“It's nothing but a bunch of fables,” I might have muttered. But it would have been an evasion, and I would have known it. The truth, of course, is that I couldn’t be bothered to read the Bible until I was in my late 40s. A question of this sort might have made me realize that I’d rejected something I knew nothing about.
2. If there’s a heaven, how does one get in?
I probably would have answered with something as predictable as “you just have to be a good person,” knowing full well that “good” is a relative term, and I hadn’t a clue what it meant.
3. So are you good enough?
I’m pretty sure I would have said, “Sure, I’m a good person,” but the question might have given me pause. I would never have said it aloud, but perhaps I would later think, “Am I really good enough? But what about …?”
4. How do you know these things?
Oh oh – the dreaded “what’s your source of authority” query! I would have had no reply to this question, so I probably would have said something lame like “It just makes sense.” But even I would have recognized this as a weak argument.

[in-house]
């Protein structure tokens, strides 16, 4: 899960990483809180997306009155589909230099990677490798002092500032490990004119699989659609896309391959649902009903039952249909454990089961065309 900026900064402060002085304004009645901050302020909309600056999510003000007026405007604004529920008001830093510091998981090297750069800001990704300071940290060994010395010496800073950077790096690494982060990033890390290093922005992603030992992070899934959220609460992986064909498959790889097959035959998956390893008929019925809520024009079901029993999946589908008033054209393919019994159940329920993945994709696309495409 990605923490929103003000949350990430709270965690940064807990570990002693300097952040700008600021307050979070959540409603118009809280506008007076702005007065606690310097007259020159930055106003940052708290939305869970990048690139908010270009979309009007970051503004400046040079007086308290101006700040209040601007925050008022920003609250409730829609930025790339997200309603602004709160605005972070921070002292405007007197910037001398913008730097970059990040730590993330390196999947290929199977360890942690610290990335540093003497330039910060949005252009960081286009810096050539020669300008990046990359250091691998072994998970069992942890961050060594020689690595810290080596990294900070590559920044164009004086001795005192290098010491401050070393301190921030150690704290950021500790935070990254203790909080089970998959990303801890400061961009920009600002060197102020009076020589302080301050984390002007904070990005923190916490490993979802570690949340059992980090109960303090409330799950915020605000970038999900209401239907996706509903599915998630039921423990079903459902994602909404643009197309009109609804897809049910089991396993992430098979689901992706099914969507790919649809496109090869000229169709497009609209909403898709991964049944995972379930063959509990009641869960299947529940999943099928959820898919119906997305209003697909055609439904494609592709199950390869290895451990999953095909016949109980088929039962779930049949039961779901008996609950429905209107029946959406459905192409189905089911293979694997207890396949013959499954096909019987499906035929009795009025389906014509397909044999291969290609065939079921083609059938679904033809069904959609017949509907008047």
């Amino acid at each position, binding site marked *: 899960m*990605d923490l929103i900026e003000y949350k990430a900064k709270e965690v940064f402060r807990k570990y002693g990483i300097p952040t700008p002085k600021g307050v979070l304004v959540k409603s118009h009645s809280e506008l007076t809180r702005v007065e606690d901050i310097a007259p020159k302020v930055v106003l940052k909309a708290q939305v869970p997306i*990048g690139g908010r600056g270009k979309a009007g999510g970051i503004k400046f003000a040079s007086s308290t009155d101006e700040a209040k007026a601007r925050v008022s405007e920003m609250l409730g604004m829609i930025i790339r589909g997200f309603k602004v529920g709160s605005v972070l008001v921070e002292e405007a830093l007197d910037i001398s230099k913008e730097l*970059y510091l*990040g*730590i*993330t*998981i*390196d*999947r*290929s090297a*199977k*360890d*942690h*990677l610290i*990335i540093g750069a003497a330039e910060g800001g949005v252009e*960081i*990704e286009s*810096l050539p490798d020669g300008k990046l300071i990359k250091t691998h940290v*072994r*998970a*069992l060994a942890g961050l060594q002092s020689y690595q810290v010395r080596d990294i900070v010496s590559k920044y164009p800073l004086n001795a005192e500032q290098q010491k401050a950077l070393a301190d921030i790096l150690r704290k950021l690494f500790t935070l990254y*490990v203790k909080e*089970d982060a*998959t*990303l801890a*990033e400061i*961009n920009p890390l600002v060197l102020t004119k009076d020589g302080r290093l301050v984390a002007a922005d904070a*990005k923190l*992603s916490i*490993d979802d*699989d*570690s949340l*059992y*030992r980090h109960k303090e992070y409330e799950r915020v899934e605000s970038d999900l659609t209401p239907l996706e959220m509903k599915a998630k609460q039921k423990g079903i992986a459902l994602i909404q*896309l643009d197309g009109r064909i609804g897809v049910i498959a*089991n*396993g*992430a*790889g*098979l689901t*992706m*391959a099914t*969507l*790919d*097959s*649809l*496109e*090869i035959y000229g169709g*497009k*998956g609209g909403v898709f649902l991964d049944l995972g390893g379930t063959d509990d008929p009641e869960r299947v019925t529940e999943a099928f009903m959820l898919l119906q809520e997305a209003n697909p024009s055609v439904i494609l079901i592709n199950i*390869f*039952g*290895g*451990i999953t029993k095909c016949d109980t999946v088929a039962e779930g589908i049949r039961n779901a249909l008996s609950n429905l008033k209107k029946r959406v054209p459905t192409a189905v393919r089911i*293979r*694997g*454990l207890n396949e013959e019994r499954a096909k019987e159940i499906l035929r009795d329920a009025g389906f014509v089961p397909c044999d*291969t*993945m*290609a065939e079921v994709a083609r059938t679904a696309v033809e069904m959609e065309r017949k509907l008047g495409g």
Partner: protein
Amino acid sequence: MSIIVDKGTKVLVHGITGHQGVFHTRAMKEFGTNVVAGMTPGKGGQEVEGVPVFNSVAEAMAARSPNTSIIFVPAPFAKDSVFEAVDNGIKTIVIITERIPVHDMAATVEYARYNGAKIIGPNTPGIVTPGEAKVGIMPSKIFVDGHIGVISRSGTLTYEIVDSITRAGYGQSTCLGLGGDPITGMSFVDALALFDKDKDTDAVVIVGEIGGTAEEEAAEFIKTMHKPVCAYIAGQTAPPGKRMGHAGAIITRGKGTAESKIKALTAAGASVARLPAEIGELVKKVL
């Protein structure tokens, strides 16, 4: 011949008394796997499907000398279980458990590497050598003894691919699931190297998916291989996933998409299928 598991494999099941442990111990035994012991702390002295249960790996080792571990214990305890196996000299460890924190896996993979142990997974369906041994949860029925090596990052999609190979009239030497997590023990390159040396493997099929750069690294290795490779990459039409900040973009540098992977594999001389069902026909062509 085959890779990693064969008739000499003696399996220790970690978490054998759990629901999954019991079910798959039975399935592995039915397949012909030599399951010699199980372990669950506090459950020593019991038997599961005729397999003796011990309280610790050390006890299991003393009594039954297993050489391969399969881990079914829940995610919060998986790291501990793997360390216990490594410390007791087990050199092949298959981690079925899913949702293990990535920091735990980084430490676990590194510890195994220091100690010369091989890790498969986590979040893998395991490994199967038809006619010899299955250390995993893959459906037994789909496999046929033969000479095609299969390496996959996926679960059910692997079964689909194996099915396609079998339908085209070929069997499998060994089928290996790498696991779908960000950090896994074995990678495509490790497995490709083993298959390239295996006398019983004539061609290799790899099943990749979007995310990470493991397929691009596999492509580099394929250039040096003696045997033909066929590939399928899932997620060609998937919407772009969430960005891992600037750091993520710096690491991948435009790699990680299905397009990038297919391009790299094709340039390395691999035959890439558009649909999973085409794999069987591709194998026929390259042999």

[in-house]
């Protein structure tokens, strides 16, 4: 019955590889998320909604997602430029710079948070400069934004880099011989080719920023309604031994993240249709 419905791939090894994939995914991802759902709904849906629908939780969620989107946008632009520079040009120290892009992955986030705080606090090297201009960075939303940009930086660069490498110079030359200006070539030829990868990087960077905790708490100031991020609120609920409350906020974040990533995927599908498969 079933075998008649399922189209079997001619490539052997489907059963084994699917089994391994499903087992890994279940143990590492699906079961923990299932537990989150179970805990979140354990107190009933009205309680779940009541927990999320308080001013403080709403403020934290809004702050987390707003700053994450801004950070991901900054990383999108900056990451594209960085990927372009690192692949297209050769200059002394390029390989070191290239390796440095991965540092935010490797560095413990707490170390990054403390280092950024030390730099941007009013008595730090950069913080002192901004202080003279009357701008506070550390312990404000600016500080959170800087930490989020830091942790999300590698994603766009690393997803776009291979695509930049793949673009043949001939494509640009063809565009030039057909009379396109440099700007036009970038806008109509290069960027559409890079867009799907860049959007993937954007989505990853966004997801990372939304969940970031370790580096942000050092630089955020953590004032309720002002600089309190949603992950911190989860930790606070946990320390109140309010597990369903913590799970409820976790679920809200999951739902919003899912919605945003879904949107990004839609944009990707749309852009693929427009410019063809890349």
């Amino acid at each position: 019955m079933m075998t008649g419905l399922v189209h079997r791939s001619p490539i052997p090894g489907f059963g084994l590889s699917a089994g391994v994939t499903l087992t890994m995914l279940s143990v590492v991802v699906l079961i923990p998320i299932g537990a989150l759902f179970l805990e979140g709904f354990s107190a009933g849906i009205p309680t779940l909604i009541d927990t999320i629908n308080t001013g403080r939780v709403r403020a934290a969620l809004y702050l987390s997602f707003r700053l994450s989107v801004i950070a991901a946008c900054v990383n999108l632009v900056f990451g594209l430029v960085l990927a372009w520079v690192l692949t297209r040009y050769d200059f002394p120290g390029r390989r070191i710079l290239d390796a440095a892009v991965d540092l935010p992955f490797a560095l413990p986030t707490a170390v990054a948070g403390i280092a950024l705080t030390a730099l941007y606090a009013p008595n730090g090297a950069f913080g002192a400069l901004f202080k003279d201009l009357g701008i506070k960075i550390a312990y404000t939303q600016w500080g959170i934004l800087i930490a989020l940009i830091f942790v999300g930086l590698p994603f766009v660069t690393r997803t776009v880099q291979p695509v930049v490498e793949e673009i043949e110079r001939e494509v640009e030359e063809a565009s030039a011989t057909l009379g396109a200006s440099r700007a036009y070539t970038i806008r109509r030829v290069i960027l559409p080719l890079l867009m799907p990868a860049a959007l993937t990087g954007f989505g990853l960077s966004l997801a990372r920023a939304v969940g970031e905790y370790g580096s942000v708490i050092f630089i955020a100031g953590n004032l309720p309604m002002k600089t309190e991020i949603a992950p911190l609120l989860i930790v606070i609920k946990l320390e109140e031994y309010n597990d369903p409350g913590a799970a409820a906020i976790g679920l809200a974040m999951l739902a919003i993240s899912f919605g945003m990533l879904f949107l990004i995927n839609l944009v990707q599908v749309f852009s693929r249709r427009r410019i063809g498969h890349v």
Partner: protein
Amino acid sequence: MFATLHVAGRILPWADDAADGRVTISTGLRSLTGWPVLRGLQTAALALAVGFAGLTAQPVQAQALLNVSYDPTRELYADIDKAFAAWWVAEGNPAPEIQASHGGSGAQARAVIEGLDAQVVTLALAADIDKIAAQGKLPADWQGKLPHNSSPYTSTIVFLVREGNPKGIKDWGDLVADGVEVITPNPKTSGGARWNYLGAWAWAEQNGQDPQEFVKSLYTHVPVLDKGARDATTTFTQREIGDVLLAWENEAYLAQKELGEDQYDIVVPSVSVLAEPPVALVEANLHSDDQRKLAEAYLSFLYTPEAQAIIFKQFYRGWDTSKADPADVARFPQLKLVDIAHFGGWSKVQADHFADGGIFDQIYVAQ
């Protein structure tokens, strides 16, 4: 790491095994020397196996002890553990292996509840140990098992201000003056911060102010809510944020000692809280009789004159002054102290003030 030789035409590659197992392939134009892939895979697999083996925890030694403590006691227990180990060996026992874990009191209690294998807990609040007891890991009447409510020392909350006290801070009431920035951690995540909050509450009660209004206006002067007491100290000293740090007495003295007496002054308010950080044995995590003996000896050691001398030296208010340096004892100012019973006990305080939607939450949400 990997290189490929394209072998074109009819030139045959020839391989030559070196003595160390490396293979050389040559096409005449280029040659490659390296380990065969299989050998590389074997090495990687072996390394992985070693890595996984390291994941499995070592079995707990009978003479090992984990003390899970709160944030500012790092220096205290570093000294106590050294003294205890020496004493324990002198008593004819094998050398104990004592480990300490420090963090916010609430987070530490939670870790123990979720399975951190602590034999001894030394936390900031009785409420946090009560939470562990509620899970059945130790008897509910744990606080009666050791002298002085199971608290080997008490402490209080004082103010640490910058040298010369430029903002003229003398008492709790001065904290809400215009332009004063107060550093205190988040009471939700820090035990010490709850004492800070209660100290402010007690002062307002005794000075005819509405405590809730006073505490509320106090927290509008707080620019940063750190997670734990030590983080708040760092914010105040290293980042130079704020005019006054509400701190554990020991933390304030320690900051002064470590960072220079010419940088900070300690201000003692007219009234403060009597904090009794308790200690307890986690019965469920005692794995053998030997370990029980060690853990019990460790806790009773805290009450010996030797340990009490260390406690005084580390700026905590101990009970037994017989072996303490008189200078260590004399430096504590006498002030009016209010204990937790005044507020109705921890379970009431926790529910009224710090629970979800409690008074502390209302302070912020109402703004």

5. What if you’re wrong?
“What if you’re wrong?” I would have screamed. Then, I hope, the speaker would have said something along the lines of, “Well, if it turns out that I’m wrong, I’ll have lived a life of peaceful assurance that I’m heaven-bound, and I will have died fearlessly. And if it also turns out that the price of admission is having been nice to others? Well then, I’ll be a shoo-in; as a Christian, I try to treat everyone as I want them to treat me. But I’ll ask you again: What if you’re wrong?”
I’m not sure I could’ve come up with a smart reply to that. And maybe, just maybe, the exchange would have made me give some serious thought to the whole topic. Maybe even crack open that old Bible my parents’ church gave me a half-century ago.
The right questions make people think
You may well have better questions to pose to unbelievers. These just occurred to me today because they’re the ones I should have asked last week, when an unbeliever outlined her vague and unsubstantiated thoughts about the afterlife.
By all means, share the gospel as soon as you have the opportunity. But you may first need to insert a few stumbling blocks in the unbeliever’s thinking; and questions like these can be a great way to do just that.